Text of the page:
Usable data for any new functionality may be needed, such as specific set-up data or new types of processes. Standard data for existing functionality and previously found defects must also be available for testing.
This can sometimes be difficult to come by, and new tests in the QA environment will fail due to existing data. This data should either be reusable or renewable if required; obfuscation may also be an issue if the test data is copied from live. The process of creating data may need collaboration with the DBA team, so this should also be taken into consideration.
5. Landscape scope
With regression testing, integration is key. This may be the integration of different components within an application, but also are important across applications. Most systems require end-to-end processes that cross many platforms and databases. It is important to define the landscape to regression test before testing starts.
Sometimes it may be necessary to use stubs or API calls to mimic certain application responses if they are not yet available to use in the test process.
6. Prioritization of risk
After smoke tests are completed, a more thorough set of sanity tests should be run.
These would verify all the important processes, i.e. those that would cause real harm if they went wrong in a live situation.
After these, it is acceptable to investigate the following areas:
- Most used processes
- Areas with recent changes
- Recent defects fixed
- A clean run and negative testing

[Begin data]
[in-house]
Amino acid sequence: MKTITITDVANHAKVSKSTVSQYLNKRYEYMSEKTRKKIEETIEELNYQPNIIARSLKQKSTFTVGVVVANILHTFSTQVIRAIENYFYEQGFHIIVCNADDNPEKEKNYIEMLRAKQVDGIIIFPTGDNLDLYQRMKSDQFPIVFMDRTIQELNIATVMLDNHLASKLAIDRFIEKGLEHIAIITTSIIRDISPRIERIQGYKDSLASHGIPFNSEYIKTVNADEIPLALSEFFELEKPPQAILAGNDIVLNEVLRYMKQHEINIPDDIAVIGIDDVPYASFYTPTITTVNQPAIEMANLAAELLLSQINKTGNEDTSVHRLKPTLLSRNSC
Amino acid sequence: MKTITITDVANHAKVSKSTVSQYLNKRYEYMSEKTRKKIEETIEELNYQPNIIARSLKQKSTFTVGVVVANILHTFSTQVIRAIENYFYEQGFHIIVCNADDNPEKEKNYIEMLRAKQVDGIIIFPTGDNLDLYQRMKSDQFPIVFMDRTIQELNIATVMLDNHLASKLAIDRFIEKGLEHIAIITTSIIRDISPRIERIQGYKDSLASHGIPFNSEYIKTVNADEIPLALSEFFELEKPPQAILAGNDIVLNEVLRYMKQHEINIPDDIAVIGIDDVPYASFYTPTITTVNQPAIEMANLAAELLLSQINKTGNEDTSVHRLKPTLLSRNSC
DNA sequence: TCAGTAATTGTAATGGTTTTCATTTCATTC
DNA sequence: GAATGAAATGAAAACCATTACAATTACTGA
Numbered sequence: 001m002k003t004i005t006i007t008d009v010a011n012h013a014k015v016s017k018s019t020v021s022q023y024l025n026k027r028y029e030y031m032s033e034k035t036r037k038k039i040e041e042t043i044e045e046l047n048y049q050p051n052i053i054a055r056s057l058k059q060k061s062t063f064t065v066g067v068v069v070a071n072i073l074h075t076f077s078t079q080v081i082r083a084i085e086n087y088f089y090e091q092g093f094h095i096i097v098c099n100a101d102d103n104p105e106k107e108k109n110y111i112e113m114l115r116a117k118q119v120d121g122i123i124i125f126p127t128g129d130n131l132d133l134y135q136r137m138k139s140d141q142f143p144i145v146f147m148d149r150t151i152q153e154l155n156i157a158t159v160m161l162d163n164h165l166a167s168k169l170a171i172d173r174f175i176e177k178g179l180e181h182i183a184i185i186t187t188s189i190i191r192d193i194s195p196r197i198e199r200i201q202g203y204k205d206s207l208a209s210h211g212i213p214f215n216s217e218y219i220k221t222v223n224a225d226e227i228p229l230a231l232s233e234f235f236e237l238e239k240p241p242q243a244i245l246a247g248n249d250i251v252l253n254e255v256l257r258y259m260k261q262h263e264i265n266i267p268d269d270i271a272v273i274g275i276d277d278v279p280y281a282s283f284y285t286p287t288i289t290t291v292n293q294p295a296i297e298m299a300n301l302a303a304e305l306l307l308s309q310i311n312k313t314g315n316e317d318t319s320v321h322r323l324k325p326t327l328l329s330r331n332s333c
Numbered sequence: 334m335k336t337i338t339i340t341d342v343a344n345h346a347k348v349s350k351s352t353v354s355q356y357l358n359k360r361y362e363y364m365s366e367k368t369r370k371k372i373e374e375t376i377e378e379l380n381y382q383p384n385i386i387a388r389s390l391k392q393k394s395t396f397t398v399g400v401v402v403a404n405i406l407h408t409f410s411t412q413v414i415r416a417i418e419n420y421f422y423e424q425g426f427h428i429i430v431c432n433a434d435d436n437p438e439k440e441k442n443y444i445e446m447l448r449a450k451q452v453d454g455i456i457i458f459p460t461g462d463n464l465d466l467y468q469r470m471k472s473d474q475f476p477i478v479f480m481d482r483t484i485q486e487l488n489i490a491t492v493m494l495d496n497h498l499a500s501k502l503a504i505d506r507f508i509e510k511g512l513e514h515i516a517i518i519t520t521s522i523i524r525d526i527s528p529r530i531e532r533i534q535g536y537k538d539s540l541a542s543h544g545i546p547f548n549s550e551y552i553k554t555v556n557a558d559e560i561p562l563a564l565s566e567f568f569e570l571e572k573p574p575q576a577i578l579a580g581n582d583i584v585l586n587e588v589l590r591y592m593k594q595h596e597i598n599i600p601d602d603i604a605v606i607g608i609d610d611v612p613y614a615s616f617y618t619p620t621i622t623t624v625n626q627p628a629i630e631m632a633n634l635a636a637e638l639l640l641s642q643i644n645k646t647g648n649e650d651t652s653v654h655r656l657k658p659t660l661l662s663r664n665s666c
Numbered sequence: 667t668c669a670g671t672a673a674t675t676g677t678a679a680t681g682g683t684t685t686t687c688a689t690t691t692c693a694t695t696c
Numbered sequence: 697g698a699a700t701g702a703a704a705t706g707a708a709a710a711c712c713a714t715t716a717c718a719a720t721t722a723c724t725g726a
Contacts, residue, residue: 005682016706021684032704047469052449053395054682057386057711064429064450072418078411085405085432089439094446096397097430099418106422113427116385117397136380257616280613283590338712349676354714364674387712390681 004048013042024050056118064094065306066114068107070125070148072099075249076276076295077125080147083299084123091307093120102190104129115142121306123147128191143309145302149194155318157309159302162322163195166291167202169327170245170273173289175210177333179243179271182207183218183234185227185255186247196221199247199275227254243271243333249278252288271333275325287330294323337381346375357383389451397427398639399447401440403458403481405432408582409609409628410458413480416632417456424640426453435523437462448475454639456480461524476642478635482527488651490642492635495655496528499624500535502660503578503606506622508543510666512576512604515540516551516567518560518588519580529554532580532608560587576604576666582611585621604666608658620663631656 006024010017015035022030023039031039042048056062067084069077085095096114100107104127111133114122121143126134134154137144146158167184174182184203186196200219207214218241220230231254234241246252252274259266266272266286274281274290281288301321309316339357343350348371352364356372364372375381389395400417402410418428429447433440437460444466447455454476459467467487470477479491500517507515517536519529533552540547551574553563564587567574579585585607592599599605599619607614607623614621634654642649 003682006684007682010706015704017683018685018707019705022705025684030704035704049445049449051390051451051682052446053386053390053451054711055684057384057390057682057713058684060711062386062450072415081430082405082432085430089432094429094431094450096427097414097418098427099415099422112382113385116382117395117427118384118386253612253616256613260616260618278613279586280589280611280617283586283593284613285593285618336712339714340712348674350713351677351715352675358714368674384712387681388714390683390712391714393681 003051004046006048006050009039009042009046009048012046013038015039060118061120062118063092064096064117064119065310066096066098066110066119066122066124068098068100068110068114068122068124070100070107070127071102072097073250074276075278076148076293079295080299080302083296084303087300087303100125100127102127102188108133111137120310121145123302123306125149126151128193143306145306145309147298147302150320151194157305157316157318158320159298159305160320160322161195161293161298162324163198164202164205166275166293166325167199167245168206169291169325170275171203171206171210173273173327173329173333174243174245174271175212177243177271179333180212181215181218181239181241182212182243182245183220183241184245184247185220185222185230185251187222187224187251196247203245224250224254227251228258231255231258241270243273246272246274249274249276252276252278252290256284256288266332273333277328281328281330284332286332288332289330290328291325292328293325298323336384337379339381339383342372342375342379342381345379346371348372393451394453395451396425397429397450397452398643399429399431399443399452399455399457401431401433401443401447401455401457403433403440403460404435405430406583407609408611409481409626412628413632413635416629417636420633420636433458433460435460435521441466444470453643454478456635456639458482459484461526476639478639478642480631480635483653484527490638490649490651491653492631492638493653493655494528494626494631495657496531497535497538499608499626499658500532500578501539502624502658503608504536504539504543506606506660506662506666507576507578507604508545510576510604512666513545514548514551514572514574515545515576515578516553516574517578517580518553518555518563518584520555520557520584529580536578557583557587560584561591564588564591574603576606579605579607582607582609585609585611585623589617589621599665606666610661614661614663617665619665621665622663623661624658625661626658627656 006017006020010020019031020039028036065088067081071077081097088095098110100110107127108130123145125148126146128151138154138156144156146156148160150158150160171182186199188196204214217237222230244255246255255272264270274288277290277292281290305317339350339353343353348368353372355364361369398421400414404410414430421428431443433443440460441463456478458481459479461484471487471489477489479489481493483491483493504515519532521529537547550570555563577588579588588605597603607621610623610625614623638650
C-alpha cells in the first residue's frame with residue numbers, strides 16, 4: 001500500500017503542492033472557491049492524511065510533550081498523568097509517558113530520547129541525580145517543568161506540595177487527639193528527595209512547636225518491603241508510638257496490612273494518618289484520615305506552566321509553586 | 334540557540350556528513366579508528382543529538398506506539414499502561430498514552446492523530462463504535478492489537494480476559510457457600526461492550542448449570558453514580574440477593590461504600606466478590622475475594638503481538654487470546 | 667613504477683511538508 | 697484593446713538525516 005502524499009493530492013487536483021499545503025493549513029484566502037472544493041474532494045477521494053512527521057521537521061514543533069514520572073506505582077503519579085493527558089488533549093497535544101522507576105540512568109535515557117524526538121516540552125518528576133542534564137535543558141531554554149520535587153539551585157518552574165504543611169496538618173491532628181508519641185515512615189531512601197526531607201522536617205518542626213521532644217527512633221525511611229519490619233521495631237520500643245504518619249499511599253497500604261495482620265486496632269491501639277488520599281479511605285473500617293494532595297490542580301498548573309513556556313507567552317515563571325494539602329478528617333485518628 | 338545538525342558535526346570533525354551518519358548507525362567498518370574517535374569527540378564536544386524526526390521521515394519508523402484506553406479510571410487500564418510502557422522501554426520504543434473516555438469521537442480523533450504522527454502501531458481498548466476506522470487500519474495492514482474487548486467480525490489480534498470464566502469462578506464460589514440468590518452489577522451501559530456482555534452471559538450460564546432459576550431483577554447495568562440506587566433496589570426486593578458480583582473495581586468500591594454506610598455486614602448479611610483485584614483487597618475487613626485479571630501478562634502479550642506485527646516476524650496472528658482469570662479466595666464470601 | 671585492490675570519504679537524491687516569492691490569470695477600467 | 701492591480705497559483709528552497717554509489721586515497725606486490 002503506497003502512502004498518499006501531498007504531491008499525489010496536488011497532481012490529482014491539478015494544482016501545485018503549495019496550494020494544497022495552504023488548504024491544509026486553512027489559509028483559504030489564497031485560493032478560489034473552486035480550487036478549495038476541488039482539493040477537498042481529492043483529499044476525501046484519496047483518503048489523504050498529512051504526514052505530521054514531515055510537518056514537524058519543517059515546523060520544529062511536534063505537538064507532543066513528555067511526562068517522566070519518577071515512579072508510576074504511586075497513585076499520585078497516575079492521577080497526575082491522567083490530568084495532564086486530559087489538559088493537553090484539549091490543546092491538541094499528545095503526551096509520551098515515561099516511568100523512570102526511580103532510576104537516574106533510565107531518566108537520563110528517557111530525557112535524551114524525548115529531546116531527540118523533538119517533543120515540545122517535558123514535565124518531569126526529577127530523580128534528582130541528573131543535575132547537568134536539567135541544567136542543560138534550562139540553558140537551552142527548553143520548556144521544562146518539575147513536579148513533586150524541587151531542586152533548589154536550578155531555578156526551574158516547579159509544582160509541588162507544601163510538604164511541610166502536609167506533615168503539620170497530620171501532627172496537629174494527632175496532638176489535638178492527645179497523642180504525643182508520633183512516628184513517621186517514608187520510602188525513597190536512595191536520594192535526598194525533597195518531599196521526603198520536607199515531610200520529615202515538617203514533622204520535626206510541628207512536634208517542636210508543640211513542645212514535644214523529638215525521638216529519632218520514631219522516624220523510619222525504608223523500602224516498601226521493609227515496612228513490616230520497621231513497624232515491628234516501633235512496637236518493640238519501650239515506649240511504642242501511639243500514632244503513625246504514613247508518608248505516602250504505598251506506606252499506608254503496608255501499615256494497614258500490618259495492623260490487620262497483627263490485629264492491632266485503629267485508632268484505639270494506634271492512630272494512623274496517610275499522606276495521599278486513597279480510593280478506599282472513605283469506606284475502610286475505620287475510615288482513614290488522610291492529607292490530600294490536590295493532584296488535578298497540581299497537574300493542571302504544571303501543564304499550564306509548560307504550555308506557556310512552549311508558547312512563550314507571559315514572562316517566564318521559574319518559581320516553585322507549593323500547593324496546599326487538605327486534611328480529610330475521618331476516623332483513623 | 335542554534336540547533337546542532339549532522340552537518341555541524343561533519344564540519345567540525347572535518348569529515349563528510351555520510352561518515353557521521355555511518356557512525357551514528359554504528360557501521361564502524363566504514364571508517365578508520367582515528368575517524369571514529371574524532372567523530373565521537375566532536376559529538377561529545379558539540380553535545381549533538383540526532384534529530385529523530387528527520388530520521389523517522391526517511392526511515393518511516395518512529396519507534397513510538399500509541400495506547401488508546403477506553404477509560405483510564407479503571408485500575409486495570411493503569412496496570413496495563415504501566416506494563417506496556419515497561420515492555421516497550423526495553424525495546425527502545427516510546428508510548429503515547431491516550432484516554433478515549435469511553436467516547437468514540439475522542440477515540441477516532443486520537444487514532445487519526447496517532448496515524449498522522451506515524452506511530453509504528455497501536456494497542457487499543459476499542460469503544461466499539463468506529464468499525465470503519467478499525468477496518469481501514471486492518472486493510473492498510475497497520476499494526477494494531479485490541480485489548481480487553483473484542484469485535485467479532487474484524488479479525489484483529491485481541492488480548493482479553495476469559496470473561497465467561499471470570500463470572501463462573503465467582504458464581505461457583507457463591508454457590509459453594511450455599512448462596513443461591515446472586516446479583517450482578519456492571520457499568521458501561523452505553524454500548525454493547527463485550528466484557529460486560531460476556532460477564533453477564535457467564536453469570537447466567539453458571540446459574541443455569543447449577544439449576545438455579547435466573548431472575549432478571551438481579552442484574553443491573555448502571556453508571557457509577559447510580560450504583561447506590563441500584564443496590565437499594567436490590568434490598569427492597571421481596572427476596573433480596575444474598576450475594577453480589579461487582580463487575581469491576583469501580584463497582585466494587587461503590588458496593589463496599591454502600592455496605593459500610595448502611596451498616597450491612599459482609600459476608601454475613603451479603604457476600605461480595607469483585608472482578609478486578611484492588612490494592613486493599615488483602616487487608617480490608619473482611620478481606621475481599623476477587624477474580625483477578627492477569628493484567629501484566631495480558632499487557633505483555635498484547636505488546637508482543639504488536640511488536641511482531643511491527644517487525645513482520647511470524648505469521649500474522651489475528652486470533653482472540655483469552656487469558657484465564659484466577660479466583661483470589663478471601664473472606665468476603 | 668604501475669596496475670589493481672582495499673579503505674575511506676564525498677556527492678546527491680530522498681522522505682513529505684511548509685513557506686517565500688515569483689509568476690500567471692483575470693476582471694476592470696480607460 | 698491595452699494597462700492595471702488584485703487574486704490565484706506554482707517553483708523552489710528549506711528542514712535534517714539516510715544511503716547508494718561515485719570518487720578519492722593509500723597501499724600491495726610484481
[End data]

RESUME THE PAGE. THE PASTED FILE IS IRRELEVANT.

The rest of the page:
- Historical areas of defect density
Test cases can be scored based on the above criteria, and the severity/impact technique can give the appropriate risk score. If the test cases are prioritized in this way with a time estimate, it should be easier to plan what can be used to give the best results.
One area of testing that lends itself to automation is regression. Automation allows repeatability and reuse over the more mundane tasks. An automation test can be run hundreds of times with different data and scenarios overnight, ready for the team to review in the morning. One important aspect of regression automation is that it must mimic what the end-user does; therefore, utilizing the UI as opposed to APIs or other unit testing techniques is more vital here.
More efficiency is experienced when the automation can be created quickly and by more of the team. For fast-paced software development environments, this is especially important. Therefore, automation needs to be available to everyone, not just specialized test resources.
8. Script maintenance